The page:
Toward an American Conservatism, a new book edited by Joseph W. Postell and Jonathan O’Neill, studies conservatism in the Progressive Era; it features a chapter written by Hoover research fellow and counselor to the director David Davenport and Gordon Lloyd entitled “The Two Phases of Herbert Hoover’s Constitutional Conservatism.” The premise behind the book is that, although conventional wisdom credits the Progressives with “winning” that era, conservatives and conservatism from the time have been underexplored, despite their ongoing influence in modern politics, and the book seeks to remedy this break in the historical trajectory.
Davenport and Lloyd’s chapter is more scholarly and more historically based than their recent Hoover Press book, The New Deal and Modern American Conservatism. For the chapter, Davenport and Gordon extended their research farther back into the 1920s, examining Hoover’s tenure as Secretary of Commerce from 1921 through 1928, in addition to his presidency and postpresidency. Davenport and Gordon sought to give a nuanced picture of the conventional wisdom, which depicts Hoover as a clear conservative in the 1930s, shocked by the excessiveness of the New Deal, but is less clear on his stance in the 1920s. Davenport and Gordon argue that, throughout the 1920s and 1930s, Hoover held constant to two core American values: constructive government and American individualism. Given the 1920s context of postwar reconstruction, with thriving innovation and an industrial boom, following those tenets required active leadership within the bounds of conservatism. The 1930s, with the subsequent New Deal and Hoover’s reaction, were a different time and required a different type of leadership.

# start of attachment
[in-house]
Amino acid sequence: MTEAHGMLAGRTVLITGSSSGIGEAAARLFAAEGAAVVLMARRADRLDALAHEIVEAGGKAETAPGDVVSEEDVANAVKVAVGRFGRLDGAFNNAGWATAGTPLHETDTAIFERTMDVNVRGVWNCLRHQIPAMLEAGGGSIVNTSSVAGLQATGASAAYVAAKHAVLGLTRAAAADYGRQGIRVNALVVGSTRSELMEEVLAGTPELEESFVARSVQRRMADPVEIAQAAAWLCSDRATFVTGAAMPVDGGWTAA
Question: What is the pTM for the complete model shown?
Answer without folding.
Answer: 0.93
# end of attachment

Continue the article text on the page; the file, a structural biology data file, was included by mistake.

To read the chapter in depth, or to read the other chapters in the book, you can purchase a copy here. To read more on how the debate between Hoover and Roosevelt over the New Deal led to the beginning of modern conservatism, you can also purchase the Hoover Press book here.